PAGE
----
The chief executive of Goldman Sachs (GS), Lloyd Blankfein, is confident the euro will survive despite the debt crisis, he said in an interview with newspaper Welt am Sonntag.
"Naturally we are looking at a very difficult situation, but the euro has always been a political project, and that remains intact," Mr. Blankfein said. "Of course I believe in the euro. The risk that euro will break apart or that individual members are headed for bankruptcy was substantially higher a year ago," he said.
There is clear political commitment to the euro zone and the euro, which forms the basis for solving economic problems over time, he says. "Americans have a history of underestimating the political will of the Europeans to see through the successful creation of a United Europe. I'm not going to make the same mistake," Mr. Blankfein said.
Asked about billionaire investor George Soros's call for Germany to either exit the euro or accept the idea of so-called euro bonds, Mr. Blankfein dismissed those "extreme scenarios."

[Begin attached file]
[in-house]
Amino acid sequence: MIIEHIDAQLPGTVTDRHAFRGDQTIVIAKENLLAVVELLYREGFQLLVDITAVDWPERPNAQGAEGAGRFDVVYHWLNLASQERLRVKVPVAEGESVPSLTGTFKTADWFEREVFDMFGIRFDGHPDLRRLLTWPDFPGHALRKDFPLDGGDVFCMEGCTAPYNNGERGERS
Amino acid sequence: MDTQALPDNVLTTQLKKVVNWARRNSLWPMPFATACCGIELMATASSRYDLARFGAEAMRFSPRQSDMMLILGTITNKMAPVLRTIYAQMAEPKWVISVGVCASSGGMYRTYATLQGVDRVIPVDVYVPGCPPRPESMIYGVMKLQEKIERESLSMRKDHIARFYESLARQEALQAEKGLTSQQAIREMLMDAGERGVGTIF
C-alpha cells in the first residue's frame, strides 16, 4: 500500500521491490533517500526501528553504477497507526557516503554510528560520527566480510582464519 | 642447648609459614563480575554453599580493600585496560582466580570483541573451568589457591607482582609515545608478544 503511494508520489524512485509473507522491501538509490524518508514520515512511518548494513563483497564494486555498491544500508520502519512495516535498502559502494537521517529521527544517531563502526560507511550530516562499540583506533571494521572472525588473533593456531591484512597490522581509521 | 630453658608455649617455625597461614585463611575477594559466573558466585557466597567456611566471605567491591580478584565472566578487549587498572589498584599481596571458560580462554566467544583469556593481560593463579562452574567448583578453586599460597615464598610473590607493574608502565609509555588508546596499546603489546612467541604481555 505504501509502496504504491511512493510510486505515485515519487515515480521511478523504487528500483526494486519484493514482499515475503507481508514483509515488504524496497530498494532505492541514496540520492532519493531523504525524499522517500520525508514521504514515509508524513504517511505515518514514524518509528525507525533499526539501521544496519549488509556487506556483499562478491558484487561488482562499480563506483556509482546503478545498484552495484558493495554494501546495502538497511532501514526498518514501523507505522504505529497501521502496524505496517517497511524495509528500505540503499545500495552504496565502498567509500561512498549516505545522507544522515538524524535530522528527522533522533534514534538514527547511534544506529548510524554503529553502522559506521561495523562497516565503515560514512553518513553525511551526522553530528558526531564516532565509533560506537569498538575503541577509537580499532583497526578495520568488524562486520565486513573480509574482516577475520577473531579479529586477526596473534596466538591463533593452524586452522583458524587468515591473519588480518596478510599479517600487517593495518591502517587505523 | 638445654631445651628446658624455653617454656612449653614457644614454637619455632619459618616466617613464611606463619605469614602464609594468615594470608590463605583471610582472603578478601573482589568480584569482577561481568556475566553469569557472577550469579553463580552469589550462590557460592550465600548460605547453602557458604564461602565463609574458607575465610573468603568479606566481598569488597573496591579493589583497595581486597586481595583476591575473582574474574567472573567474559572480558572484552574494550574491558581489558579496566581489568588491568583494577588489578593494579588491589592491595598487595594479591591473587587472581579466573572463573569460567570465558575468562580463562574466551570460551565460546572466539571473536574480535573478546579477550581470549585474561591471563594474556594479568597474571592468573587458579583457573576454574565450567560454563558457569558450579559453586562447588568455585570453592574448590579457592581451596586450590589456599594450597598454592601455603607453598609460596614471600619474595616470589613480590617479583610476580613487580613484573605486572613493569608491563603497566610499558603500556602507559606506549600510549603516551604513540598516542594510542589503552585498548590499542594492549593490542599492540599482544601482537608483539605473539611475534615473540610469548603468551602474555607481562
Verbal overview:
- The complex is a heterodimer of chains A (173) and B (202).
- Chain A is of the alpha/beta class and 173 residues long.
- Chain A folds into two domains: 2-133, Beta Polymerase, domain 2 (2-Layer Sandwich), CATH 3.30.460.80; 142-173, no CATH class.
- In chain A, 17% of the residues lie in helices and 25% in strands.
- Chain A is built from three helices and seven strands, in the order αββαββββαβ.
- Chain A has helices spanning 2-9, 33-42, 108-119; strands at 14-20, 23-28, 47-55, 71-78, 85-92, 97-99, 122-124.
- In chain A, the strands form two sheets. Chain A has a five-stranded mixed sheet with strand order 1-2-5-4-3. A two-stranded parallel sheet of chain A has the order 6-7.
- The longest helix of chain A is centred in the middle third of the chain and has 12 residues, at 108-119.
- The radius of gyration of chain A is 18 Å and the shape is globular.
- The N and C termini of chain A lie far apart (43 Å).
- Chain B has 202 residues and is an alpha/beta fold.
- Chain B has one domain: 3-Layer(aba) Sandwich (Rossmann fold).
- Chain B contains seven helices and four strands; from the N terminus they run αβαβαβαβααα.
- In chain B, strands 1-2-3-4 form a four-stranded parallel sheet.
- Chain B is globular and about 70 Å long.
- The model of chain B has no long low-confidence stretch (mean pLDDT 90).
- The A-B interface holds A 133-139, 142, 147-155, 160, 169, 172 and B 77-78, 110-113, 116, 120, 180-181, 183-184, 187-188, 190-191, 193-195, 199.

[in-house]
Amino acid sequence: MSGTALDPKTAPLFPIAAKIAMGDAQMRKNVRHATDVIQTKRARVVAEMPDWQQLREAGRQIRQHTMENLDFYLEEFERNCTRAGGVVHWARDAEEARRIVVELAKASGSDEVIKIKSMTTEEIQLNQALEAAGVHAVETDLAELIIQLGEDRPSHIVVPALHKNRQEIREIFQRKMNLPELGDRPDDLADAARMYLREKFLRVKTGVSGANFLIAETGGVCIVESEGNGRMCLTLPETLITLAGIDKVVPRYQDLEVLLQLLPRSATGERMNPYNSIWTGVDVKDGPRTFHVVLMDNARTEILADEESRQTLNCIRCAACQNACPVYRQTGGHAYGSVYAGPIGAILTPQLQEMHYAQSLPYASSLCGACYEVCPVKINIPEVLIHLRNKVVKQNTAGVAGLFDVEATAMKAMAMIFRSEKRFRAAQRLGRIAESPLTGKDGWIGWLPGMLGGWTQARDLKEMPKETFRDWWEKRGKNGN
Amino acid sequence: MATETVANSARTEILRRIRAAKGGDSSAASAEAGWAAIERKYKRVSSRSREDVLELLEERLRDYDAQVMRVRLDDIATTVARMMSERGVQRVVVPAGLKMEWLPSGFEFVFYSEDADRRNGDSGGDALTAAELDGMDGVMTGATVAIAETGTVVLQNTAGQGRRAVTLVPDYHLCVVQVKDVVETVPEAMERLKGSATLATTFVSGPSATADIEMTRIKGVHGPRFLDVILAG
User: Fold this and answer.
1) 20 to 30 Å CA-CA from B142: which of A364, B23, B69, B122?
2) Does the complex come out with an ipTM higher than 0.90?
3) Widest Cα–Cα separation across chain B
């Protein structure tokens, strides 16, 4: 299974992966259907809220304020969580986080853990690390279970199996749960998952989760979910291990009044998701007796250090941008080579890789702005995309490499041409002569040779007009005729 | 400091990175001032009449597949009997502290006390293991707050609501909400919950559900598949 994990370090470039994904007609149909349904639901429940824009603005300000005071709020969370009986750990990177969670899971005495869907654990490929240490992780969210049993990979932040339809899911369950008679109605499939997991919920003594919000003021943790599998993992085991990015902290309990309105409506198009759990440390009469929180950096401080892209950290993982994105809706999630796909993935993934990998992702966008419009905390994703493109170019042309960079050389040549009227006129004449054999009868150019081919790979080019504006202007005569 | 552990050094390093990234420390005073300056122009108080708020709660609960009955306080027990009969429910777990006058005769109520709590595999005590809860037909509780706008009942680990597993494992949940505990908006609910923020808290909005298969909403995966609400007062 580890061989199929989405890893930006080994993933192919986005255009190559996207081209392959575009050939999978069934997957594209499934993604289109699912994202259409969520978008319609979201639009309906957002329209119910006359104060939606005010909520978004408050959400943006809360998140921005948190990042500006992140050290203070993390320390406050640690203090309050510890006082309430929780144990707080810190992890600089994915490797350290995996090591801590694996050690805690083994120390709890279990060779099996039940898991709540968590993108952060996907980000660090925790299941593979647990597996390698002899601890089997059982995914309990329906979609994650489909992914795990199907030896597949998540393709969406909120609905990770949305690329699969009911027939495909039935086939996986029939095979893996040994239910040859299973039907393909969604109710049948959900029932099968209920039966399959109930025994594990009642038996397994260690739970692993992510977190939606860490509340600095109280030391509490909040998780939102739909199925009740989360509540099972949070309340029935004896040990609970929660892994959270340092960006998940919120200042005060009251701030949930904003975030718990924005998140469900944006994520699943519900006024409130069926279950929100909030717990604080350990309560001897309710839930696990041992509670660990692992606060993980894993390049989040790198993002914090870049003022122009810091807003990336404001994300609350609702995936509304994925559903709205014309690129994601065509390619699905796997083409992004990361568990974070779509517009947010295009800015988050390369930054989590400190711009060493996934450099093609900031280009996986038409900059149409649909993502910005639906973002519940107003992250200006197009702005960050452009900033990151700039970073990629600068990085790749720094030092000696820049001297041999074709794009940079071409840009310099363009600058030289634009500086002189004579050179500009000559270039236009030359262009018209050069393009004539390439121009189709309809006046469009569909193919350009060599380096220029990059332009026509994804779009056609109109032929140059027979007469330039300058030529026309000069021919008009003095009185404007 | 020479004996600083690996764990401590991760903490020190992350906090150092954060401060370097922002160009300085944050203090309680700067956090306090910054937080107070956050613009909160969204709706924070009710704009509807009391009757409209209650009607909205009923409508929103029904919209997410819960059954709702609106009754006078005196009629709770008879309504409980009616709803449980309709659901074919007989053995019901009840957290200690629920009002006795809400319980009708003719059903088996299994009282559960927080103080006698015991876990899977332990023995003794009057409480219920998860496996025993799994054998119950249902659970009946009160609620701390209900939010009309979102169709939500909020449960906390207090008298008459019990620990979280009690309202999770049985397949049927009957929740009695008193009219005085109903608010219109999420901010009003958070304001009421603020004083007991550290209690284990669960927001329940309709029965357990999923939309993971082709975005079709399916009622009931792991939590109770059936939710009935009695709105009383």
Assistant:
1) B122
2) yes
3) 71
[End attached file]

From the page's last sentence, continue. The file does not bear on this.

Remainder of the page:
"The solution surely lies somewhere in the middle. The stronger countries will have to prop up the weaker ones," Mr. Blankfein said, adding that "will change in the long term."
For Europe's banking industry, Mr. Blankfein said he wouldn't recommend an institutional separation of big banks' activities because he doesn't consider that a way of making banks safer, comparing such separation proposals to the Volcker Rule in the U.S.
While there are risks connected to a bank's size, Mr. Blankfein defended big banks, saying they offer "a kind of insurance."
"A big bank doesn't go bankrupt if it loses $1 billion. And size allows for diversification," he says. "If a bank is involved in only one kind of business, its risk is higher than that of a broadly diversified bank. And large banks can make large loans; that's something that small banks can't do because they lack the capacity to bear the risk.
Newspaper website: http://www.welt.de
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